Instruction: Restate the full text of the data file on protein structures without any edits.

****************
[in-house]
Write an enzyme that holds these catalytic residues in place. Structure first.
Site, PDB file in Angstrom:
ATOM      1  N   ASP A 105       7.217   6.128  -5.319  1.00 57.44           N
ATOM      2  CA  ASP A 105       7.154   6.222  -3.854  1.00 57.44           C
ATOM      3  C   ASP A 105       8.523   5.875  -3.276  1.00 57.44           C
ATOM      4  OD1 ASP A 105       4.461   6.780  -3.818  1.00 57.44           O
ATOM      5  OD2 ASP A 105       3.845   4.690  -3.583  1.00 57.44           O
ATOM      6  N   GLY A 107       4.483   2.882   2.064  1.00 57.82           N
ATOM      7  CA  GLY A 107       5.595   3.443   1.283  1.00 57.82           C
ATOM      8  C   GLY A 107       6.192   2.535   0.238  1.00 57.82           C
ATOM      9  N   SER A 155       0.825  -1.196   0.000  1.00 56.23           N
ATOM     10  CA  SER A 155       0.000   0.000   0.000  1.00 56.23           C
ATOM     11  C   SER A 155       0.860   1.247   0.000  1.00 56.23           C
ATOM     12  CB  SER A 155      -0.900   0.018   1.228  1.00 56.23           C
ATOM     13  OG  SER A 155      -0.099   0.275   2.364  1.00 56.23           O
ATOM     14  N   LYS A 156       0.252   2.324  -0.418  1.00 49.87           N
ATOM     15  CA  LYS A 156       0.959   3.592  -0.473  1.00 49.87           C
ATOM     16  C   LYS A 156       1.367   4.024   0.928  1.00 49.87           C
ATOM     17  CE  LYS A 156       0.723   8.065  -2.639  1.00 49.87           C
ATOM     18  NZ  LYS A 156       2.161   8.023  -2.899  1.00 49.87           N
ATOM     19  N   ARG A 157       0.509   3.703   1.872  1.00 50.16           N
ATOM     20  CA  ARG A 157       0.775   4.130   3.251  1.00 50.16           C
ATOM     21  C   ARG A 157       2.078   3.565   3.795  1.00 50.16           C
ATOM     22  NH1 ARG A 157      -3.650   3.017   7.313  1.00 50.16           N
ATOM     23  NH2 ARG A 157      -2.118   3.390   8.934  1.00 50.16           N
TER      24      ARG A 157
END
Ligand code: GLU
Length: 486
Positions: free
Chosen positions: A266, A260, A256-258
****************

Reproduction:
[in-house]
Write an enzyme that holds these catalytic residues in place. Structure first.
Site, PDB file in Angstrom:
ATOM      1  N   ASP A 105       7.217   6.128  -5.319  1.00 57.44           N
ATOM      2  CA  ASP A 105       7.154   6.222  -3.854  1.00 57.44           C
ATOM      3  C   ASP A 105       8.523   5.875  -3.276  1.00 57.44           C
ATOM      4  OD1 ASP A 105       4.461   6.780  -3.818  1.00 57.44           O
ATOM      5  OD2 ASP A 105       3.845   4.690  -3.583  1.00 57.44           O
ATOM      6  N   GLY A 107       4.483   2.882   2.064  1.00 57.82           N
ATOM      7  CA  GLY A 107       5.595   3.443   1.283  1.00 57.82           C
ATOM      8  C   GLY A 107       6.192   2.535   0.238  1.00 57.82           C
ATOM      9  N   SER A 155       0.825  -1.196   0.000  1.00 56.23           N
ATOM     10  CA  SER A 155       0.000   0.000   0.000  1.00 56.23           C
ATOM     11  C   SER A 155       0.860   1.247   0.000  1.00 56.23           C
ATOM     12  CB  SER A 155      -0.900   0.018   1.228  1.00 56.23           C
ATOM     13  OG  SER A 155      -0.099   0.275   2.364  1.00 56.23           O
ATOM     14  N   LYS A 156       0.252   2.324  -0.418  1.00 49.87           N
ATOM     15  CA  LYS A 156       0.959   3.592  -0.473  1.00 49.87           C
ATOM     16  C   LYS A 156       1.367   4.024   0.928  1.00 49.87           C
ATOM     17  CE  LYS A 156       0.723   8.065  -2.639  1.00 49.87           C
ATOM     18  NZ  LYS A 156       2.161   8.023  -2.899  1.00 49.87           N
ATOM     19  N   ARG A 157       0.509   3.703   1.872  1.00 50.16           N
ATOM     20  CA  ARG A 157       0.775   4.130   3.251  1.00 50.16           C
ATOM     21  C   ARG A 157       2.078   3.565   3.795  1.00 50.16           C
ATOM     22  NH1 ARG A 157      -3.650   3.017   7.313  1.00 50.16           N
ATOM     23  NH2 ARG A 157      -2.118   3.390   8.934  1.00 50.16           N
TER      24      ARG A 157
END
Ligand code: GLU
Length: 486
Positions: free
Chosen positions: A266, A260, A256-258